The Donald Trump Presidency has come to an end. His foreign policy strategy best described as “America first,” has resulted in strained relationships with allied countries, the withdrawal from many international agreements and a scaled back global role comparative to the one the US has played for generations.
As of Saturday, November 7, Joe Biden was projected to be President-elect alongside his Vice President Kamala Harris. Many world leaders have taken a sigh of relief, and even celebrated this election in hopes that a more traditional US posture will be restored.
The new President-elect has been critical of the incumbent President’s foreign policy strategy, stating in a Foreign Affairs article, “For 70 years, the United States, under Democratic and Republican presidents, played a leading role in writing the rules, forging the agreements, and animating the institutions that guide relations among nations and advance collective security and prosperity — until Trump.”
Biden has advocated for restoring long standing alliances, a recommitment to international organizations and the return of a United States that is a dependable figure on the center of the global stage. Much has changed since Biden was last in the White House as Obama’s VP. Leaders of some of America’s alliances have been goaded by Trump, while rivals and dictators have been enabled by his presidency. Notably, Russia’s President Vladimir Putin, China’s President Xi Jinping, North Korean leader Kim Jong Un and others have exploited Trump’s vanity and boosted his ego for their personal gain- some have even crowned themselves dictators for life.
The election of Biden, a veteran politician, symbolizes a dramatic shift in not only the American public’s political views, but also a shift in America’s attitude towards the rest of the world. But, what exactly does this mean for America’s foreign policy stance and its role in the world?
Reconnecting with allies
With Biden’s expansive foreign policy experience, his first move will likely be on the offensive, taking a diplomatic approach to patch up relations with allies- notably those in Europe. During Trump’s Presidency, he frequently questioned the purpose of NATO, which provoked ill-will and tempted some European countries to question their reliance on the US and begin their search for alternatives.
Europe’s appraisal of American leadership has become increasingly cynical due to the flagrant and unpredictable behavior of the Trump Administration, and in no means will the Biden Administration be able to simply return to old patterns of liaison.
Biden has promised he will return to a foreign policy that is mainstream, familiar and reassuring to US allies. Writing in Foreign Affairs, “As president, I will do more than just restore our historic partnerships; I will lead the effort to reimagine them for the world we face today.”
According to Trump the Paris climate accord places a burden on the US economy and the World Health Organization is controlled by China. There is little evidence to back these claims, and Biden plans to rejoin both during his presidency.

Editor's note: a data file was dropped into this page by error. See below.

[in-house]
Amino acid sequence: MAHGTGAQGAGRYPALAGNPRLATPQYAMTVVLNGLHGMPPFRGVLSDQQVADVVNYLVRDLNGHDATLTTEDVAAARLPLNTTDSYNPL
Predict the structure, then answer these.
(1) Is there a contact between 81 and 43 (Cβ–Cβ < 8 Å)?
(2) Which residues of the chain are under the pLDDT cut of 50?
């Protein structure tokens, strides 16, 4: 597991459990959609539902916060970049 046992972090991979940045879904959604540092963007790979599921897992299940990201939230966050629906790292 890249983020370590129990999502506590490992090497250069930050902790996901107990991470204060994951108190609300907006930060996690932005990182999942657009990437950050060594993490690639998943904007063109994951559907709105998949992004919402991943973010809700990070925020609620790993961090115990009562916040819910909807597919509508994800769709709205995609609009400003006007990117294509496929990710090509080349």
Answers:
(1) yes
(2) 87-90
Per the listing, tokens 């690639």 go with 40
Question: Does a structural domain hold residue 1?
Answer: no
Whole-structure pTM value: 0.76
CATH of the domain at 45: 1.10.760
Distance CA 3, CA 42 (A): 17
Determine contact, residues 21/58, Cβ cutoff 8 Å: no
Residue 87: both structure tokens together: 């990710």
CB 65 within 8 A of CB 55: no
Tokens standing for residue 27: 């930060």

The rejoining of the Paris climate agreement will be a serious step towards the US regaining international trust. Biden has an ambitious climate plan with a goal to set the US on a path to be net-zero in carbon emissions by 2050; however, the US has a lot of catching up to do with major players like the EU and China.
During Biden’s time as VP, the US and other world powers signed the Iran nuclear deal in 2015. Trump unilaterally withdrew from it in 2018. Iran has since surpassed the limits of uranium enrichment that were placed on the nuclear program. The United States has imposed sanctions that have crippled Iran’s economy which has only been damaged further by the pandemic.
Biden says, in his Foreign Affairs article, that Iran “must return to strict compliance with the deal. If it does so, I would rejoin the agreement and use our renewed commitment to diplomacy to work with our allies to strengthen and extend it.”
Wars in Afghanistan and Iraq
Although Biden supported the wars in Afghanistan and Iraq during his time as a Senator, he has since called for “bring[ing] the vast majority of our troops home from the wars in Afghanistan and the Middle East and narrowly define our mission as defeating al-Qaida and the Islamic State” (Foreign Affairs).
A preliminary deal with the Taliban has called for the US to pull their 4,500 troops out of Afghanistan by May. This could be a difficult choice for Biden, considering the US and Afghanistan have long tried to form a permanent peace agreement with the extremist group, but violence is yet to end.
Clarifying a Stance on China
By imposing tariffs on China that led to a trade war, Trump has heightened tensions with China leaving many to question where the Biden Administration plans to stand on areas of conflicting interest.
The Biden campaign has stated that they will pursue a strategy of both cooperation and competition. With the US military viewing China as a threat, Biden has said that he supports the efforts to strengthen security agreements and alliances within the region.
Biden is yet to share a clear roadmap on this issue, other than stating he will confront Beijing.
Regardless of what Biden does have planned for the next four years, it’s important to acknowledge the significant voter turnout for Trump during the election. America remains deeply divided, and allies of the US recognize it. Foreign policy success in the US goes further than regaining the trust of former allies and standing firm against its enemies. Biden must create international confidence in a united nation which will be no easy task.
Cover photo by Sawyer Sutton via Pexels